“I don’t care, you bring someone else for this.”

“What does it involve?” asked Liya.

“No, you’re not doing this!”

“Nothing dangerous,” said Lao Wei. “You mingle with some rich foreigners, you drink some wine. You don’t have to draw attention to yourself if you don’t want to. Then, when the auction happens, you raise your hand and say a few numbers a few times. That’s all, I promise.”

“It’s not happening,” I said. “She’s not a part of this.”

“I’ll double the money.”

“It’s not about the money. We’re not actors. This…this is unnecessary harm you’re putting onto her.”

“Xiao Zhou,” she said. “It’ll be fine.”

“But what if something goes wrong?”

“Then we’ll deal with it. Like we have always done and will continue to do.” Liya pinched my cheek. “Besides, I love speaking French.”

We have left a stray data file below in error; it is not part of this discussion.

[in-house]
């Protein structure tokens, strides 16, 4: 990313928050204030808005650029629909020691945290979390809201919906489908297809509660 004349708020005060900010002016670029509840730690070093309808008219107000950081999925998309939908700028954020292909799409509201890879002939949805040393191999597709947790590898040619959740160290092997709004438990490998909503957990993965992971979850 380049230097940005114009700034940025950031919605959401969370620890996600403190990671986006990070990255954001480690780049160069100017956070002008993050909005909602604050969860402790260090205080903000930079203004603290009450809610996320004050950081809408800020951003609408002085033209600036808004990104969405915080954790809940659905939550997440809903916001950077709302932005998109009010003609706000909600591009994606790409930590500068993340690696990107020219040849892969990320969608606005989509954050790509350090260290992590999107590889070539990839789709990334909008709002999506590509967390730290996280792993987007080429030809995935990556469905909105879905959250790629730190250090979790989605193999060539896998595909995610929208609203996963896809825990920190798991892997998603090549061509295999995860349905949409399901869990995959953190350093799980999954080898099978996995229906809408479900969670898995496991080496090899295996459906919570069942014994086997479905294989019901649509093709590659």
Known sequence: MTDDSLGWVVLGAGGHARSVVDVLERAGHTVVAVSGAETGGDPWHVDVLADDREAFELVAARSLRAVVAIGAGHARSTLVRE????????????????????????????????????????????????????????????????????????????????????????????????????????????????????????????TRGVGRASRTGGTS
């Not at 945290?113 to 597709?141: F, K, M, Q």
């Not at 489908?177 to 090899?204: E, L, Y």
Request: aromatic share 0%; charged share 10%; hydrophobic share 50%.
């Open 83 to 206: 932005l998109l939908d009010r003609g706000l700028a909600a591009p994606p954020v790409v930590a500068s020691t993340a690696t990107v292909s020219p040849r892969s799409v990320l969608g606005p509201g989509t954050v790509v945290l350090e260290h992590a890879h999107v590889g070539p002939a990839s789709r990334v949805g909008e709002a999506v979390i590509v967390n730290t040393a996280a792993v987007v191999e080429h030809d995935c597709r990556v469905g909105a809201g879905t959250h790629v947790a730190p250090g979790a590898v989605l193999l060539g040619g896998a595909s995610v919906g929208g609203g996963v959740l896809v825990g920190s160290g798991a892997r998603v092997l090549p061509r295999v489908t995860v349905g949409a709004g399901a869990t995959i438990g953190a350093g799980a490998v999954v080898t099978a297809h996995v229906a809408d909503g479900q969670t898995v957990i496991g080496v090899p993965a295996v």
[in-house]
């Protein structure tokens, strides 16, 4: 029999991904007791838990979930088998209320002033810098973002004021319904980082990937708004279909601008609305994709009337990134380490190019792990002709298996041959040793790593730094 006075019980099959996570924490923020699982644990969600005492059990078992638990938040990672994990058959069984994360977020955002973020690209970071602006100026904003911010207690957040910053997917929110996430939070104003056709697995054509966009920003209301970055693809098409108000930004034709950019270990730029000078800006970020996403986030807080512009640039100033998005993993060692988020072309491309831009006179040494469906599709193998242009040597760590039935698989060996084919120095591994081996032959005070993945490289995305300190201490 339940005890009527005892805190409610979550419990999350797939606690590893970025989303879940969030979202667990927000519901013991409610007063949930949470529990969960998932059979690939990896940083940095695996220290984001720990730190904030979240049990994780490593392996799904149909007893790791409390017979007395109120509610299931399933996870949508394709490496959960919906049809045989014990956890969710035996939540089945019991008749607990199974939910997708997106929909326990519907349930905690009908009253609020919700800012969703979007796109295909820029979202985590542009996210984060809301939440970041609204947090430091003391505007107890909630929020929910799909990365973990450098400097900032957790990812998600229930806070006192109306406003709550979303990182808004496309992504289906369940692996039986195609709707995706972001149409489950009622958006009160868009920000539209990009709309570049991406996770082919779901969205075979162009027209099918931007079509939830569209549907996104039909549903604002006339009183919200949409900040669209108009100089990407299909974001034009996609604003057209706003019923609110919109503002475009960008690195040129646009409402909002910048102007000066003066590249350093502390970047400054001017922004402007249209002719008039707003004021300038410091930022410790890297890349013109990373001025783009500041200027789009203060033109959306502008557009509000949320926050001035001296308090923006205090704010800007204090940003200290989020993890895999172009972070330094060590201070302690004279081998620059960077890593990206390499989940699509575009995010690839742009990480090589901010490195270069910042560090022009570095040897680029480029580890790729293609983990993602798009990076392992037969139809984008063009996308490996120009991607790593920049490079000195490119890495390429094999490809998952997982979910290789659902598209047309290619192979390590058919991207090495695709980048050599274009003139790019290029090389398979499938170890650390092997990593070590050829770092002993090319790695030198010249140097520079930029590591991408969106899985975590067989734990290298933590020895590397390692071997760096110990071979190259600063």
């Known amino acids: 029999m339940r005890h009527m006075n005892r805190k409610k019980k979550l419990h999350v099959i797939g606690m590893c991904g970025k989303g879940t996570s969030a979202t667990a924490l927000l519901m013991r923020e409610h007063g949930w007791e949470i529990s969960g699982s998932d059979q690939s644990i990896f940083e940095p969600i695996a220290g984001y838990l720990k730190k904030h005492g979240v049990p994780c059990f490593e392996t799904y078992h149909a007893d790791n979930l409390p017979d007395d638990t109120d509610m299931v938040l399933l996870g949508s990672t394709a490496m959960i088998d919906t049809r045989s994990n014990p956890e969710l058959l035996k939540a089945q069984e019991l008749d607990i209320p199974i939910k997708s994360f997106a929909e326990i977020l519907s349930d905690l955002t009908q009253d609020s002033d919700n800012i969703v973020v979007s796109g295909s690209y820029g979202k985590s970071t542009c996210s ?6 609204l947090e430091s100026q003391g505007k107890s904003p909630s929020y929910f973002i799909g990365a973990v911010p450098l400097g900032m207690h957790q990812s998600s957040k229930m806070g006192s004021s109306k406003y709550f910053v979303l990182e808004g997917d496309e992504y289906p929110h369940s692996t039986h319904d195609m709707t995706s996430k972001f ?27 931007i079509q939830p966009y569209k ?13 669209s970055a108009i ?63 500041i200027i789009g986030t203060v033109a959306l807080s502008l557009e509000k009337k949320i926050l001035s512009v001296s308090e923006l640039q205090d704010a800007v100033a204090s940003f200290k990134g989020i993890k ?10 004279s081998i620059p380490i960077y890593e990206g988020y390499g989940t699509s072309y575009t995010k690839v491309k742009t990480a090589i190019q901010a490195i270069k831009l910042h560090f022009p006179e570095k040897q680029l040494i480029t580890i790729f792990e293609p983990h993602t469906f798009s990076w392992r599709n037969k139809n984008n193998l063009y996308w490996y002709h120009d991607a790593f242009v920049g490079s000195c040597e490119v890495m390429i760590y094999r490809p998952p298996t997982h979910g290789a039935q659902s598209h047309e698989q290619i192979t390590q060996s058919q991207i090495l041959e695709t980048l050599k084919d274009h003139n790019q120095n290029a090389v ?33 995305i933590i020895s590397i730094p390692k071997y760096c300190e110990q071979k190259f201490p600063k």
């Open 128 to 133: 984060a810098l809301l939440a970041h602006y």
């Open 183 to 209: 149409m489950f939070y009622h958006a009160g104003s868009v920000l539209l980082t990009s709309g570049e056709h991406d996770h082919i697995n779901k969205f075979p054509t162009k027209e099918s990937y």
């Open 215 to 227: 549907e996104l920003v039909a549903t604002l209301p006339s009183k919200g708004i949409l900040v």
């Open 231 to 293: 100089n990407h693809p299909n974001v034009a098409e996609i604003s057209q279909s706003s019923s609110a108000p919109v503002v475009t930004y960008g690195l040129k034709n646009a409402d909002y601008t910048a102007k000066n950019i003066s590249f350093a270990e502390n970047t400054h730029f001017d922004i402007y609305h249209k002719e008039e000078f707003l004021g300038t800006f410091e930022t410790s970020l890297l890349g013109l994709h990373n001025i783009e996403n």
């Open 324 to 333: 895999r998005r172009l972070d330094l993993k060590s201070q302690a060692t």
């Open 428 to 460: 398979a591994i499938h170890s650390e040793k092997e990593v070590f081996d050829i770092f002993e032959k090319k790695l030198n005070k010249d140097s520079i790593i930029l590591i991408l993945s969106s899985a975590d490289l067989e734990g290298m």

We didn’t know anything about the plan. We didn’t know what he was going to do with the painting we made for him. We certainly didn’t realise he was going to hold an auction. Most of all, we didn’t realise how capable Lao Wei was.

“Holy shit,” I uttered.

The venue was a marble mansion, and a line of limousines stretched far out from its stairs and ended where I could not see. Every guest was in lavish wear, with cashmere suits and vibrant dresses.

“C’mon,” said Lao Wei. Both of us wore suits and bow-ties, though I had no idea how to put one on so one of the assistants had to help me.

We weaved through the guests, with Lao Wei occasionally shaking hands with who I assumed were the real ones. Many of the guests were crowded around something on the wall, and it wasn’t until we squeezed pastpassed them did I realise what it was.